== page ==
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Many Parents Underestimate Dangers of Teen Use of Prescription Drugs

p>WASHINGTON, DC ? April 23, 2013 When teens were asked about the last substance abuse conversation they had with their parents, just 14 percent said they talked about abusing a prescription drug, said the report being released Tuesday by The Partnership at

By comparison, most teens — 81 percent — said they have talked about the risks of marijuana use with their parents. Almost the same number said they have discussed alcohol with their parents. Almost one-third said they have talked about crack and cocaine.

One in six parents said using prescription drugs to get high is safer than using street drugs, according to the survey. Almost one-third of the parents said attention deficit hyperactivity disorder (ADHD) medications such as Ritalin or Adderall can improve a child’s academic or testing performance even if the teen does not have ADHD.

One in four teens in the study said they had misused or abused a prescription drug at least once. That’s up sharply, a 33 percent increase, in the last five years. One in eight teens report misusing or abusing the drugs Ritalin or Adderall — stimulants prescribed to treat ADHD. Other national studies also have seen a rise in abuse numbers for these stimulants among teens.

For parents who want to clean out their medicine cabinets of old, unused or expired prescriptions — the Drug Enforcement Administration and Justice Department is sponsoring a “take-back” day. Collection sites will be set up around the country on April 27 where people can safely toss away their unwanted medicine. Information about sites near you is available at:–disposal/takeback/ .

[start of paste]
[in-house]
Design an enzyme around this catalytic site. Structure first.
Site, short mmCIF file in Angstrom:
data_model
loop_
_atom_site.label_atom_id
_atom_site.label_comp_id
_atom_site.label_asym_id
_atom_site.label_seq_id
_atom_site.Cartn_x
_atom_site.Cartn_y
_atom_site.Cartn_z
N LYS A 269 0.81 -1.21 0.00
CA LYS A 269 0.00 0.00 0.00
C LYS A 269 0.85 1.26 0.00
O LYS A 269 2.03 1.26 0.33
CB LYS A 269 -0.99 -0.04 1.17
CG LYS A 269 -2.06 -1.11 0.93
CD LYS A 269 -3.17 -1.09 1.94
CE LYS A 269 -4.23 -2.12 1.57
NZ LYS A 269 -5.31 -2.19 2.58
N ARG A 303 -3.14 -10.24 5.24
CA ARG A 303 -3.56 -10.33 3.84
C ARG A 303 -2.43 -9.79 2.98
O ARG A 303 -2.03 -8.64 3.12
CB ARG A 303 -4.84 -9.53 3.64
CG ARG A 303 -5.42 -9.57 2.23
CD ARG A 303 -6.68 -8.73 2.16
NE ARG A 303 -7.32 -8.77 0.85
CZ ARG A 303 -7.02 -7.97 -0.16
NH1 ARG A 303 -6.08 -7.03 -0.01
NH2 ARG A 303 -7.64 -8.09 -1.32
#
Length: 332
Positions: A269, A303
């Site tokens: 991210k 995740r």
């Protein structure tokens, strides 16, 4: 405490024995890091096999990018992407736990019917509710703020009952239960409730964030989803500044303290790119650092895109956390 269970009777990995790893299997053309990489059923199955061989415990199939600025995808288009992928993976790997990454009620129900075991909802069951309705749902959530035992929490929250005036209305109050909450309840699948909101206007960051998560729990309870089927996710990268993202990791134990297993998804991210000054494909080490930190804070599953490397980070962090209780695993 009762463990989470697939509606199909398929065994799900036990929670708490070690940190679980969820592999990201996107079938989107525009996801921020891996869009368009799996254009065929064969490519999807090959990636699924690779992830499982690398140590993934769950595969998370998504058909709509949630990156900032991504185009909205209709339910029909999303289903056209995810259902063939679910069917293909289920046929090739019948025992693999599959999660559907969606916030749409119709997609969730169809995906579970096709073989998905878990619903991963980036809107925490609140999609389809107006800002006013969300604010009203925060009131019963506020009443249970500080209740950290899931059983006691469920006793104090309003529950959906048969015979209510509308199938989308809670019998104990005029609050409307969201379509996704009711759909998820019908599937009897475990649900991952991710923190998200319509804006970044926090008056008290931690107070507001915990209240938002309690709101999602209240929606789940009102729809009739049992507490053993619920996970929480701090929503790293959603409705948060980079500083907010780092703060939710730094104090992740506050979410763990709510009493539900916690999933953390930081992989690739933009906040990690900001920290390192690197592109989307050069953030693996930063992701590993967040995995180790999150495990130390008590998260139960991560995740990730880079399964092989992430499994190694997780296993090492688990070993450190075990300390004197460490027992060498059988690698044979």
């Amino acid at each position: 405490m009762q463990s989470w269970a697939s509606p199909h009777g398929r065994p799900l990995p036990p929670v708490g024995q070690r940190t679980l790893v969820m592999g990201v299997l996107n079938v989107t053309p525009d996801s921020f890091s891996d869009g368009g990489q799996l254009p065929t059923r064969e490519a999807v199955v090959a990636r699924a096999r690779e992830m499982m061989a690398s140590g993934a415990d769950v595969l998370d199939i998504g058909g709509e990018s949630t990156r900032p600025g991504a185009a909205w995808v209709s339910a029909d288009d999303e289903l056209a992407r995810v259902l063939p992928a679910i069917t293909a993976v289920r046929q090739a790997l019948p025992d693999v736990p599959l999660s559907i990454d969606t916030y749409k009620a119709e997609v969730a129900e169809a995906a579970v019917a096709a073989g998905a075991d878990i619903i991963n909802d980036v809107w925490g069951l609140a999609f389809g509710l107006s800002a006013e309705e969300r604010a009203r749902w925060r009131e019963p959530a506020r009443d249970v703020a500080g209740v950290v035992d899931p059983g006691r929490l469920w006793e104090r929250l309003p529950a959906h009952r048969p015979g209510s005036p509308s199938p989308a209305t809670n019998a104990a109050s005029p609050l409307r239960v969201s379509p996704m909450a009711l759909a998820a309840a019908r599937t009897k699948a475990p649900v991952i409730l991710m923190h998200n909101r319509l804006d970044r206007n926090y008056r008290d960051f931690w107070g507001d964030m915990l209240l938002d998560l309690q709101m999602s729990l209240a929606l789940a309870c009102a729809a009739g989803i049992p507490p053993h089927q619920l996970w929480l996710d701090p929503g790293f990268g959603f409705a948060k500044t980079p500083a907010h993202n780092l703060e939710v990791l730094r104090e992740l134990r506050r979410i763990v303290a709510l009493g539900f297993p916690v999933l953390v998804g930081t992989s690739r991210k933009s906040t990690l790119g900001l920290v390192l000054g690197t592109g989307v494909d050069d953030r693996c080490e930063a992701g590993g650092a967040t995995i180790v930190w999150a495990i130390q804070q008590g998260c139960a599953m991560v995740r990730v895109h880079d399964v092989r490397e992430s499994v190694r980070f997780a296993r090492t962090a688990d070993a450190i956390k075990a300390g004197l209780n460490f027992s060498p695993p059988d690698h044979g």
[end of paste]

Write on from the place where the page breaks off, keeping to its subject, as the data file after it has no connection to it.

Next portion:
The partnership’s study was sponsored by the MetLife Foundation. Researchers surveyed 3,884 teens in grades 9-12 with anonymous questionnaires that the youngsters filled out at school from February to June 2012. The teen sample has a margin of error of plus or minus 2.1 percentage points. For the adults, the sample was 817 for surveying conducted from August to October 2012, with a margin of error of plus or minus 3.4 percentage points.

Based in New York, The Partnership at is formerly The Partnership for a Drug-Free America. The nonprofit group launched its new name in 2010 to position itself as more of a resource to parents and to avoid the misperception the partnership is a government organization.

To read full press release, please click here.

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